In pursuit of a new normal

March 2, 2016, 11:59 p.m.

Four people were killed and 14 injured in a random shooting in Hesston, Kansas last Thursday. It’s okay if you didn’t know or if you didn’t do more than read the notification on your phone, think to yourself “what a shame,” and then move on. It’s what most of us probably did, myself included. 

What if I told you that Hesston wasn’t the only community to experience a mass shooting last week – mass shooting being defined as four or more shot and/or killed in a single incident? Would your reaction change? What if I told you that there were, in fact, six towns in other states that saw mass shootings last week? What if I told you that there were 162 incidents of gun violence across the nation last Wednesday through Friday alone, resulting in 44 deaths and 105 injuries?

The point is that this isn’t just Hesston’s problem. It isn’t just Denver’s problem, where I’m from, or Kalamazoo’s, which also had a widely publicized shooting last weekend. America has a problem. Between 2000 and 2013 alone, the United States saw more deaths as a result of guns than AIDS, drug overdoses, the Iraq and Afghanistan Wars, and terrorism combined.

This shouldn’t be normal.

Perhaps most upsetting of all is the lack of hope: the exasperation in our president’s voice as he continually calls for action on gun control after these mass shootings, the steadily increasing 62% of Americans dissatisfied with the nation’s gun policies, and the lack of substantive change.

We need a new normal. And if the current political climate is any indication, it’s not going to happen without a concerted effort by our politicians. Most importantly, we need something to be done soon, because every day that we sit by, an average of 89 more people are killed by gun violence.

So yes, it is easy to feel hopeless, to experience that fleeting moment of sadness for the victims of these incidents, their families, and their communities. But it’s also important to remember that we have an incredibly powerful tool at our disposal that should not be overlooked: our vote.

This is arguably the subject where we see the greatest difference between Bernie Sanders and Hillary Clinton. And, like with most things, there is a lot of politicking on the issue and it can be hard to discern the truth. So let’s just stick with the facts:

Bernie Sanders voted five times against the Brady Handgun Bill, which had important provisions like stating it is illegal to sell a gun to someone without a background check or a five-day waiting period, requiring a statement by the purchaser they are not under indictment for a federal crime, addicted to a controlled substance, or a have a history of mental disorders, and authorizing federal grant money to improve and upgrade criminal records. He voted twice for what the head of the NRA called the most significant piece of pro-gun legislation in the last 20 years protecting gun manufacturers, a bill that was seen by many as one of the most viable efforts in decades to significantly stem gun violence, and for an amendment that created the “Charleston Loophole” – so named because it is what allowed the Charleston shooter to get a gun before his background check was completed. Finally, he voted yes on a bill that made it harder to crack down on gun dealers who break the law, and to overturn a ban on guns on Amtrak trains.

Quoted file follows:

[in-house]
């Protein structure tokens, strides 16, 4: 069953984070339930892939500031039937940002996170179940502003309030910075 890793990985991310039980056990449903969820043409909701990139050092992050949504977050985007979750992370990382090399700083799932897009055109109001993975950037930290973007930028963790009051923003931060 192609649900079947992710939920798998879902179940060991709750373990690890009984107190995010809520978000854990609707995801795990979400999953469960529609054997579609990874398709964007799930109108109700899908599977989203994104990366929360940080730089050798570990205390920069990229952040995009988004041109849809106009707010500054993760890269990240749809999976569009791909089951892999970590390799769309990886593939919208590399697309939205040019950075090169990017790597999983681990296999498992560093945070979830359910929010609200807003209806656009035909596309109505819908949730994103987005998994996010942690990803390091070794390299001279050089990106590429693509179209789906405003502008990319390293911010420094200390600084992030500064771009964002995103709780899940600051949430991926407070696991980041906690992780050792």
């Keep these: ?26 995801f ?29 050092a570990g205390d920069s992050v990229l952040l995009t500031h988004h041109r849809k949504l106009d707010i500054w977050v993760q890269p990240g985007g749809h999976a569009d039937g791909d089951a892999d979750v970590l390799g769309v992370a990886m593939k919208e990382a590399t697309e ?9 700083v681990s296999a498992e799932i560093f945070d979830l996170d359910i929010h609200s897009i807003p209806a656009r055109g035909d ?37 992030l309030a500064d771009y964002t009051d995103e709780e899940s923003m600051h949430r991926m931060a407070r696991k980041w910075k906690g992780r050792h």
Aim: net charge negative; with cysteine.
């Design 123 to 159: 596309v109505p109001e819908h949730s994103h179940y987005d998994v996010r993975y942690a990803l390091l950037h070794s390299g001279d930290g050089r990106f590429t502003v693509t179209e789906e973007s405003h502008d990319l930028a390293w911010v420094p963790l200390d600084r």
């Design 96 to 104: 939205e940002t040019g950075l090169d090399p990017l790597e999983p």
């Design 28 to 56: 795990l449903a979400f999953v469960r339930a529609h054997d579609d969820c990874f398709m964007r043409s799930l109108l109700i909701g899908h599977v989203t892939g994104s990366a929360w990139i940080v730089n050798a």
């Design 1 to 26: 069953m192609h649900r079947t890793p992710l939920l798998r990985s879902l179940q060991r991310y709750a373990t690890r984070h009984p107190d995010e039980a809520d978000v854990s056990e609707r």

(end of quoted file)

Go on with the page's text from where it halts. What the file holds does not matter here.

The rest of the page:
And what does the Sanders campaign have to say about it? Not much, apparently. In a press release from October, the campaign said they were putting together a “comprehensive package of measures” to address gun violence in the United States. Yet, four months later, we still have not seen any substantive policy proposals.  Fighting gun violence is not even on his more than 20-position-long issue page on his website.

Hillary Clinton, meanwhile, repeatedly cosponsored and voted for legislation to close the gun show loophole, require criminal background checks on all firearm transactions, and reinstate the assault weapons ban. She opposed the NRA-backed law shielding gun manufacturers, and has consistently supported the Brady Bill. And most notably, she not only has an exhaustive plan to end gun violence in America, she has given the issue the attention it needs and deserves if we truly are to see change. It’s no wonder that 16 key advocates and reformers support Hillary Clinton’s efforts – including Former Congresswoman Gabrielle Giffords, the President of one of the foremost gun violence prevention organizations in the country, and Senator Chuck Schumer.

We can and should argue about the nuances of potential legislation, but the first step is having the discussion at all. Something’s got to give if we want to see an end to these tragedies, but it’s not going to if we sit by and wait or let gun violence be anything but a central issue – the kind of central issue Hillary Clinton intends to make it. Our lives depend on it.

– Amanda Brockbank

Contact Amanda Brockbank at amandab7 ‘at’



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